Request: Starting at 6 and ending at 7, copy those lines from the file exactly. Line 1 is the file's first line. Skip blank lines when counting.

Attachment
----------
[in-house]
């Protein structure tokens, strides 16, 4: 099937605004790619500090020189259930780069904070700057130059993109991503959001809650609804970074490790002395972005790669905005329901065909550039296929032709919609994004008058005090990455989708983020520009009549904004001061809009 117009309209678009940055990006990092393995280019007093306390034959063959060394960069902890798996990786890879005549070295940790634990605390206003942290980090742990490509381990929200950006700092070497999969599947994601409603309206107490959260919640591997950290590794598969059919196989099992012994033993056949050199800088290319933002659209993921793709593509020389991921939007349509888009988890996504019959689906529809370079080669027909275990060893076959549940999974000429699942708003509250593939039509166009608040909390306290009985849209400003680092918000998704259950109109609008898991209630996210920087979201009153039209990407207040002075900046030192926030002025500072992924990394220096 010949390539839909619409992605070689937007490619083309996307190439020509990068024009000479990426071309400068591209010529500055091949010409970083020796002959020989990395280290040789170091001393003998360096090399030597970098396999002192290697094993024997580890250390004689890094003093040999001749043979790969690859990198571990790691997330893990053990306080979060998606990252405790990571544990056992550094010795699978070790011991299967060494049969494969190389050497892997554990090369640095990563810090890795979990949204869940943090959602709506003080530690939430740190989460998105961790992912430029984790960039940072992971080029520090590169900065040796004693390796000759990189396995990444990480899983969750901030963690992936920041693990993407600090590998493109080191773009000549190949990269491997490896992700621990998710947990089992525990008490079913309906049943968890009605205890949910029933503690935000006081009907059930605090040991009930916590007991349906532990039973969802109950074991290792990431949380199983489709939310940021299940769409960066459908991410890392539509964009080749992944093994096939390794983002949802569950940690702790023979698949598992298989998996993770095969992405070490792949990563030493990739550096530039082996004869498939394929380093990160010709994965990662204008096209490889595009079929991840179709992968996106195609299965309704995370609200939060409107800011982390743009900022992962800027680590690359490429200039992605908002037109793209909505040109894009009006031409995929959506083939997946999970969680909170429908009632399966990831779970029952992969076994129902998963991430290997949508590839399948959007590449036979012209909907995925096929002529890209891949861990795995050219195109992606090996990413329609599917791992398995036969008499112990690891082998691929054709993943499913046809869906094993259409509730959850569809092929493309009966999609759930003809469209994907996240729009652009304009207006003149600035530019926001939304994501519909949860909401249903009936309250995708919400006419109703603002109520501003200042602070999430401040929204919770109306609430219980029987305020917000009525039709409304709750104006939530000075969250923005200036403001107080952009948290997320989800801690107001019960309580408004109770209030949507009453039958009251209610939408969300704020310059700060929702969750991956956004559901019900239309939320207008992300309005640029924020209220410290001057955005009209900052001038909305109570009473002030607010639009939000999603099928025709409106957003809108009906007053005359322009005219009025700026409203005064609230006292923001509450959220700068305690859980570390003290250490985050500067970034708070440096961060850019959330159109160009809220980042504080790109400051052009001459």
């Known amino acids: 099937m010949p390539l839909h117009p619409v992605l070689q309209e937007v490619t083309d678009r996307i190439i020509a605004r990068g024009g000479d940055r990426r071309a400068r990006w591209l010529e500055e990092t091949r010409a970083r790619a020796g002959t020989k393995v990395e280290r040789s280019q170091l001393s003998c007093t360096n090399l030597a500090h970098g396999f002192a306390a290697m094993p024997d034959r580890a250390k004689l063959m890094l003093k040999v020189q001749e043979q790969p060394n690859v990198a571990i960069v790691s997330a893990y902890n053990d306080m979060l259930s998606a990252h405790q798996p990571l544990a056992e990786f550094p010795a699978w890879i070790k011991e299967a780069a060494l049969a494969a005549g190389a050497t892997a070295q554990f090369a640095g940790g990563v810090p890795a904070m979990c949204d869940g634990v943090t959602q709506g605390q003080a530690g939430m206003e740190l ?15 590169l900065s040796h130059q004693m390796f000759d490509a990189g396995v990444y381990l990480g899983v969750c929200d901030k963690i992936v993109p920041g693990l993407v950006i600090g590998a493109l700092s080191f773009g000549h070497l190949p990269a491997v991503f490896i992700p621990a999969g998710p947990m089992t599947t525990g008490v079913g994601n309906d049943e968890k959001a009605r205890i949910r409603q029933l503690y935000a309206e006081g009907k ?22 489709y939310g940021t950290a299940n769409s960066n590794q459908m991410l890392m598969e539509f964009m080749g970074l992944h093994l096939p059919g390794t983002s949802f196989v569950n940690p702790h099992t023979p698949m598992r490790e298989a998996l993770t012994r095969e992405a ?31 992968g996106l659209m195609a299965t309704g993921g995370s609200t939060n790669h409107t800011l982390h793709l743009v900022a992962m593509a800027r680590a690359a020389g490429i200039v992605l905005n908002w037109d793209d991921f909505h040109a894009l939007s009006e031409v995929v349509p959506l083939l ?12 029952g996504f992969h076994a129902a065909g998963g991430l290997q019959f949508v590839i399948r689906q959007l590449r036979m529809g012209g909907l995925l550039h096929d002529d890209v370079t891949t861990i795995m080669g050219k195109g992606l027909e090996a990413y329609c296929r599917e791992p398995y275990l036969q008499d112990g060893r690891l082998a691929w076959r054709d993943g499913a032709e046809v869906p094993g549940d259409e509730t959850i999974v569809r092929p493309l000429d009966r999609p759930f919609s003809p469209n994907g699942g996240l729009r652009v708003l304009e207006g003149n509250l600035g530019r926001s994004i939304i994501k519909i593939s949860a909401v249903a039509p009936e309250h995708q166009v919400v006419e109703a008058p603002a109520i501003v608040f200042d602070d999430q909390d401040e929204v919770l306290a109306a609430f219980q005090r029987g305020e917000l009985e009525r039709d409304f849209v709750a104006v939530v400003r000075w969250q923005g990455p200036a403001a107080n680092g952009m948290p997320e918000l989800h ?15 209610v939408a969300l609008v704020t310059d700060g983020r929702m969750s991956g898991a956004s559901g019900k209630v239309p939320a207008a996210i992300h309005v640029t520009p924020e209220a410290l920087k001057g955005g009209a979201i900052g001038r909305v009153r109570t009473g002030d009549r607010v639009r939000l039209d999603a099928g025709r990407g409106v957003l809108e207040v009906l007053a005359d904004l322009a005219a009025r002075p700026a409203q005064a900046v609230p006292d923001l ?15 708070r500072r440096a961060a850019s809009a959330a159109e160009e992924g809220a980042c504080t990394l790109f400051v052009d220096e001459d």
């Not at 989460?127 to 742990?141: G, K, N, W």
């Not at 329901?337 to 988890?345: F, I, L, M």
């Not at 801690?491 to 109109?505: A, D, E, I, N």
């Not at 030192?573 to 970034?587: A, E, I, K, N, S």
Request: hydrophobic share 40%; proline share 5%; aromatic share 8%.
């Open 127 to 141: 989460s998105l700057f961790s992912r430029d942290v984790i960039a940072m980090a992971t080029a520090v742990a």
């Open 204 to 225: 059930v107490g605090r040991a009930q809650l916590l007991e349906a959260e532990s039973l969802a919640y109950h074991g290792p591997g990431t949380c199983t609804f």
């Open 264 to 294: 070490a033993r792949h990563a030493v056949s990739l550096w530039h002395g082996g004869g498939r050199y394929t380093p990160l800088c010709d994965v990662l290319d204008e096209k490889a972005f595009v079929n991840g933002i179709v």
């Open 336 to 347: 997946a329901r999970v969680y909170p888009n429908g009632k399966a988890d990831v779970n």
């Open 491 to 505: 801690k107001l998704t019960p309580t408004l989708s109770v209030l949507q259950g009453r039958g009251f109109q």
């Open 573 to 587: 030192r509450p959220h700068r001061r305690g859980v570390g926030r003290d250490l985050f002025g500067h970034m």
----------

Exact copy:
């Not at 801690?491 to 109109?505: A, D, E, I, N």
């Not at 030192?573 to 970034?587: A, E, I, K, N, S």